AT&T Acquires Straight Path Communications in 5G Bet

On Monday, AT&T announced that it would acquire Straight Path Communications, a holder of wireless spectrum licenses for a price of $1.25 billion in a deal of all-stock as it looks to accumulate airwaves needed for a next generation network.

This deal is an example of how wireless carriers might be more willing to pay large prices for assets viewed as being critical to 5G that is expected to increase speeds and provide more capacity.

It is widely considered that the network will be an opportunity worth billions of dollars and that carriers do not have that many targets for acquisitions that could give them the spectrum needed in preparing for the 5G roll out.

Straight Path holds a large number of 28 GHz as well as 39 GHz millimeter spectrum used for mobile communications.

The second largest wireless carrier in the U.S. said it was offering $95.62 per share, which represented a 162% premium over the close of Straight Path stock on Friday. Shares of Straight Path rose in afternoon trading on Monday, while shares of AT&T were slightly lower on the day.

Millimeter wave spectrum has been expected to play a big role in the new 5G networks. AT&T as well as its rival Verizon Communications has been carrying out trials using 5G. Verizon has tested a fixed wireless 5G service with Ericsson in 11 U.S. markets and is expected to make a commercial launch sometime in 2018.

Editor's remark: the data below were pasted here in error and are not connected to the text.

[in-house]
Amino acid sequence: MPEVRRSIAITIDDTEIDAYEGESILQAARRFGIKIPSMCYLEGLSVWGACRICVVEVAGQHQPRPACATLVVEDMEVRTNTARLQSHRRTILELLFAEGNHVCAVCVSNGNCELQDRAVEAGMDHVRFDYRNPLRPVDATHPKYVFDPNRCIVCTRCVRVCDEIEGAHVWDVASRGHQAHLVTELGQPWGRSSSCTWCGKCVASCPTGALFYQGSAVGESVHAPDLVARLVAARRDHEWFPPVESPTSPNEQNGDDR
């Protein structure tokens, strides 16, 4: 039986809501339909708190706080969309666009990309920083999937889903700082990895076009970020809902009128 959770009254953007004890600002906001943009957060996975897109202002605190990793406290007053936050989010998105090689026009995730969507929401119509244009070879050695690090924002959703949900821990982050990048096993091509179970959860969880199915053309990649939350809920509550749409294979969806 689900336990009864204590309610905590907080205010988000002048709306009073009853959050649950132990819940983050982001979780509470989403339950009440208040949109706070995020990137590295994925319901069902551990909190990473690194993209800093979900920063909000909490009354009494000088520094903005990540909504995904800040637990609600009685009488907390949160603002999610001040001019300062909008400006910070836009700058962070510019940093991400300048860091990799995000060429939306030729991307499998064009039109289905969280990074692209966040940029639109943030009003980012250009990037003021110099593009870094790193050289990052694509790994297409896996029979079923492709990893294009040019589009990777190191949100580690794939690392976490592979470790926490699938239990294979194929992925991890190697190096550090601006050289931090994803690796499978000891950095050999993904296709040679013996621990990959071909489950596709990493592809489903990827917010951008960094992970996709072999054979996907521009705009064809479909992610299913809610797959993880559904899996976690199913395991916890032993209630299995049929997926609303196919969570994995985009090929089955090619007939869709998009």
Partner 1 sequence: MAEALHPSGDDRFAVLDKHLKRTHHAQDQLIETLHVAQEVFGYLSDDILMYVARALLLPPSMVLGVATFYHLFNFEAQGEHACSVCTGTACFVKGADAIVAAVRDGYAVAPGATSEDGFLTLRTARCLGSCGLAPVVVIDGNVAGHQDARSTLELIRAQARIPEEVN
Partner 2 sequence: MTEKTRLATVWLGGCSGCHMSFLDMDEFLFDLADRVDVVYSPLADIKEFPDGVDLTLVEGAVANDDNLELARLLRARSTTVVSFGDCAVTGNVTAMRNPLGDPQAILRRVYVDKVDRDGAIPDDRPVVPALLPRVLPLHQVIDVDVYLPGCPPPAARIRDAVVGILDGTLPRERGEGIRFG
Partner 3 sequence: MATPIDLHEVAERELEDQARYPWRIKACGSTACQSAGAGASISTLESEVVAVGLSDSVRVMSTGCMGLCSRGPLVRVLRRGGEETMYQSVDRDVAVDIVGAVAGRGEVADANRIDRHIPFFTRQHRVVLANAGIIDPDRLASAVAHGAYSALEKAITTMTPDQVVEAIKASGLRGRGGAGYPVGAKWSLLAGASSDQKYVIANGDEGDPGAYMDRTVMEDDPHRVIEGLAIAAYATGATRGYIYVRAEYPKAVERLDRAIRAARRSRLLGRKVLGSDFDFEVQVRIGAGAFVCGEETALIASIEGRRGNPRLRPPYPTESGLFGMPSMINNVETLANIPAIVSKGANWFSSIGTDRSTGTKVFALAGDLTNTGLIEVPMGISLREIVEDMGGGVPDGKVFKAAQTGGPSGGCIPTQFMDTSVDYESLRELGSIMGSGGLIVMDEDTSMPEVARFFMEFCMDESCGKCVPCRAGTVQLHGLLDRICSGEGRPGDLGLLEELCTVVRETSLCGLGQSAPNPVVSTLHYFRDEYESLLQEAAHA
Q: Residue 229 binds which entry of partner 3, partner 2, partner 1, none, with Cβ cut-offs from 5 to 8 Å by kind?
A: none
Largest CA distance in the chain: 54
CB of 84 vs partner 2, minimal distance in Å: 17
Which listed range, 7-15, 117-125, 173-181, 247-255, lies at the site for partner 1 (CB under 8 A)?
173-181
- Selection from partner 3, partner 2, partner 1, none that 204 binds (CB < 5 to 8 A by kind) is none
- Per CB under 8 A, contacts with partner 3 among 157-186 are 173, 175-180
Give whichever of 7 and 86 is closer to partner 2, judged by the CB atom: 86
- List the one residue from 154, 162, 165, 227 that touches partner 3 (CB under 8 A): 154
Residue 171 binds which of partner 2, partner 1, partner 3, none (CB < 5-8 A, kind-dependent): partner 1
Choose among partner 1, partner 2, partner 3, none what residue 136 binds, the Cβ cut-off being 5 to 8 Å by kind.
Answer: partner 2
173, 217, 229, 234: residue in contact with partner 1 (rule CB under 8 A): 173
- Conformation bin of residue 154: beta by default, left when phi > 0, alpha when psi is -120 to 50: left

At the same time, AT&T earlier in the year said it successfully carried out tests with Nokia that had delivered DirecTV Now its video service over a connection that used 5G.

Earlier in 2017, AT&T announced it would acquire FiberTower a privately held business and its rights to millimeter wave spectrum. It is expecting that deal to close in January of 2018.

This past February, Verizon, the No. 1 wireless carrier in the U.S, said it closed on the acquisition of the fiber optic network of XO Communications for $1.8 billion, which gave it access to the millimeter wave spectrum.

Between Straight Path and FiberTower, AT&T will likely have a similar amount of the spectrum as does Verizon if not slightly more, said an analyst in California on Monday.

Telecom companies’ shares increased following the news as many investors expect a big wave of acquisitions and mergers across the sector during the year.

Dish Network Corp, which had amassed a large number of wireless spectrum licenses, increased 1.9% in Monday afternoon trading.

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David Glass

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